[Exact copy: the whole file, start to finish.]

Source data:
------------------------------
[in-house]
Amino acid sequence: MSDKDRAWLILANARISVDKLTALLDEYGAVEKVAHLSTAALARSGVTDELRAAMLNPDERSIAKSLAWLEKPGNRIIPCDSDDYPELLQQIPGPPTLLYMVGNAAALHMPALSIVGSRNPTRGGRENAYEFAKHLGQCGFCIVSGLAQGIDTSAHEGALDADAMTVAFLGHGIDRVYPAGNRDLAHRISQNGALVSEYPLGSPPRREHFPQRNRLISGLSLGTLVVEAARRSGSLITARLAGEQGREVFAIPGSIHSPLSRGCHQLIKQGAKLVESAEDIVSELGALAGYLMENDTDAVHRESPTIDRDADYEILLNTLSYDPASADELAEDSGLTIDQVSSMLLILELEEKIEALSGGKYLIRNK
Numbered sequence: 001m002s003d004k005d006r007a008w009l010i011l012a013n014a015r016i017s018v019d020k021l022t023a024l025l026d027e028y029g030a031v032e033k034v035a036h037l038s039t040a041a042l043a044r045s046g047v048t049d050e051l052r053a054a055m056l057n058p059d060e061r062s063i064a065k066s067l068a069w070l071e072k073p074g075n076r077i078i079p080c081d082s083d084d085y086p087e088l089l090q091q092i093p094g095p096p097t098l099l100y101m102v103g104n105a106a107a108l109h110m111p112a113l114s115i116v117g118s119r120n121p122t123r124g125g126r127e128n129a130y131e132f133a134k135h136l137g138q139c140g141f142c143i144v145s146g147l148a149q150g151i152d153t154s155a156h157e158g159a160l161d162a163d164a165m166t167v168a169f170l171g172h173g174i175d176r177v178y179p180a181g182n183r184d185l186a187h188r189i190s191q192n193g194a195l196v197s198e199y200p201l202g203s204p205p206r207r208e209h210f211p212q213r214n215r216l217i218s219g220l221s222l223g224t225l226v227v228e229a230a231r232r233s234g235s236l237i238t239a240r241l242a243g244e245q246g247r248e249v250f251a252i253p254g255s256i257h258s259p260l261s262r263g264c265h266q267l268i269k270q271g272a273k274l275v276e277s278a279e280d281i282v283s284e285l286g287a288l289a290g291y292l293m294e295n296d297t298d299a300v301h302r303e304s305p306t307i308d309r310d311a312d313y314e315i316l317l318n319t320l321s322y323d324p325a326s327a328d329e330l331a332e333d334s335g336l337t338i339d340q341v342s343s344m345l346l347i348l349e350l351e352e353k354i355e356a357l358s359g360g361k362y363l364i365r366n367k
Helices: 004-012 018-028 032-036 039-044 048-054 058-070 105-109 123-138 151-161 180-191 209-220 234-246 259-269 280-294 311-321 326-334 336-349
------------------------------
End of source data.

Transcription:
[in-house]
Amino acid sequence: MSDKDRAWLILANARISVDKLTALLDEYGAVEKVAHLSTAALARSGVTDELRAAMLNPDERSIAKSLAWLEKPGNRIIPCDSDDYPELLQQIPGPPTLLYMVGNAAALHMPALSIVGSRNPTRGGRENAYEFAKHLGQCGFCIVSGLAQGIDTSAHEGALDADAMTVAFLGHGIDRVYPAGNRDLAHRISQNGALVSEYPLGSPPRREHFPQRNRLISGLSLGTLVVEAARRSGSLITARLAGEQGREVFAIPGSIHSPLSRGCHQLIKQGAKLVESAEDIVSELGALAGYLMENDTDAVHRESPTIDRDADYEILLNTLSYDPASADELAEDSGLTIDQVSSMLLILELEEKIEALSGGKYLIRNK
Numbered sequence: 001m002s003d004k005d006r007a008w009l010i011l012a013n014a015r016i017s018v019d020k021l022t023a024l025l026d027e028y029g030a031v032e033k034v035a036h037l038s039t040a041a042l043a044r045s046g047v048t049d050e051l052r053a054a055m056l057n058p059d060e061r062s063i064a065k066s067l068a069w070l071e072k073p074g075n076r077i078i079p080c081d082s083d084d085y086p087e088l089l090q091q092i093p094g095p096p097t098l099l100y101m102v103g104n105a106a107a108l109h110m111p112a113l114s115i116v117g118s119r120n121p122t123r124g125g126r127e128n129a130y131e132f133a134k135h136l137g138q139c140g141f142c143i144v145s146g147l148a149q150g151i152d153t154s155a156h157e158g159a160l161d162a163d164a165m166t167v168a169f170l171g172h173g174i175d176r177v178y179p180a181g182n183r184d185l186a187h188r189i190s191q192n193g194a195l196v197s198e199y200p201l202g203s204p205p206r207r208e209h210f211p212q213r214n215r216l217i218s219g220l221s222l223g224t225l226v227v228e229a230a231r232r233s234g235s236l237i238t239a240r241l242a243g244e245q246g247r248e249v250f251a252i253p254g255s256i257h258s259p260l261s262r263g264c265h266q267l268i269k270q271g272a273k274l275v276e277s278a279e280d281i282v283s284e285l286g287a288l289a290g291y292l293m294e295n296d297t298d299a300v301h302r303e304s305p306t307i308d309r310d311a312d313y314e315i316l317l318n319t320l321s322y323d324p325a326s327a328d329e330l331a332e333d334s335g336l337t338i339d340q341v342s343s344m345l346l347i348l349e350l351e352e353k354i355e356a357l358s359g360g361k362y363l364i365r366n367k
Helices: 004-012 018-028 032-036 039-044 048-054 058-070 105-109 123-138 151-161 180-191 209-220 234-246 259-269 280-294 311-321 326-334 336-349